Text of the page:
- Content recovery — Even with confirmation dialogs, people delete things they didn’t want to delete. This case is about giving users the ability to “undelete” or recover content that has been deleted from their database.
- Audit logs — For compliance reasons, some organizations need all content revisions to be logged, with the ability to review content that has been deleted and connect each action to a specific user so that employees are accountable for their actions in the CMS.
All these use cases share a few key traits:
- Content needs to be synchronized from one place to another, e.g. from workspace to workspace, from site to site or from frontend to backend
- Full revision history needs to be kept
- Content revision conflicts needs to be tracked
Much of this started as a single module: Deploy. The Deploy module was first created by Greg Dunlap for Drupal 6 in 2008. In 2012, Greg handed over maintainership to Dick Olsson who created the first Drupal 7 version (7.x-2.x) with many big improvements. Later, Dave Hall created a second Drupal 7 version (7.x-3.x) which more significant improvements based on feedback from different users. Today, both Dick and Dave work for Pfizer and have continued to include lessons learned in the Drupal 8 version of the module. After years of experience working on Deploy module and various redesigns, the team has extracted the functionality in a set of modules:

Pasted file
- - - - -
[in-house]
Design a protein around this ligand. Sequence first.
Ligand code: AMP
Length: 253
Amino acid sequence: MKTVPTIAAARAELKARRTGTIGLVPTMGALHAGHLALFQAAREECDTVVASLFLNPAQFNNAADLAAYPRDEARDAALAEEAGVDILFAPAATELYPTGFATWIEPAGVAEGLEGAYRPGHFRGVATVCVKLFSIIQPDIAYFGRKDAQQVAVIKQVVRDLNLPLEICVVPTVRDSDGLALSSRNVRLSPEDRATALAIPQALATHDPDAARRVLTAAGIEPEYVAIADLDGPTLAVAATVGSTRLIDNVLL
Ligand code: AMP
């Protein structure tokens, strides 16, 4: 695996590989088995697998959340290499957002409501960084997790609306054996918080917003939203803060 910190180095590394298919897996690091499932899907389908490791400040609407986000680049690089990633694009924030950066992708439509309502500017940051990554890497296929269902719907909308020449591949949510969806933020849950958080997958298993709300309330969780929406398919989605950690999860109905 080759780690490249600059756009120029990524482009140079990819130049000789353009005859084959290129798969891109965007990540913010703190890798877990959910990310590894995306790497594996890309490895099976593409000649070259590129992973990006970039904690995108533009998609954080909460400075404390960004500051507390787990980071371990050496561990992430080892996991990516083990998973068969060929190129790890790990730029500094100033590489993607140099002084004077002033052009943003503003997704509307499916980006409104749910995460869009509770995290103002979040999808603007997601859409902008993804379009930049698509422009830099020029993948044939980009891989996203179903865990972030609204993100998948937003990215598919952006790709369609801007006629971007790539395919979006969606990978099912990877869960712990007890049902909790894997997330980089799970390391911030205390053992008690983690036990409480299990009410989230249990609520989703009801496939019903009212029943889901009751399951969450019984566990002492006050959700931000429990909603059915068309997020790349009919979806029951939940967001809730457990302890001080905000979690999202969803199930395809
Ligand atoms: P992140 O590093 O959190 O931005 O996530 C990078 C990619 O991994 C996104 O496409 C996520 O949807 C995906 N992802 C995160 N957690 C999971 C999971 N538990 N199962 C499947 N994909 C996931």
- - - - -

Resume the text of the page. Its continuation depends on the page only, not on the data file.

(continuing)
This module does three things: (1) it adds revision support for all content entities in Drupal, not just nodes and block content as provided by core, and (2) it introduces the concept of parent revisions so you can create different branches of your content or site, and (3) it keeps track of conflicts in the revision tree (e.g. when two revisions share the same parent). Many of these features complement the ongoing improvements to Drupal's Entity API.Replication
Built on top of Multiversion module, this lightweight module reads revision information stored by Multiversion, and uses that to determine what revisions are missing from a given location and lets you replicate content between a source and a target location. The next two modules, Workspace and RELAXed Web Services depend on replication module.Workspace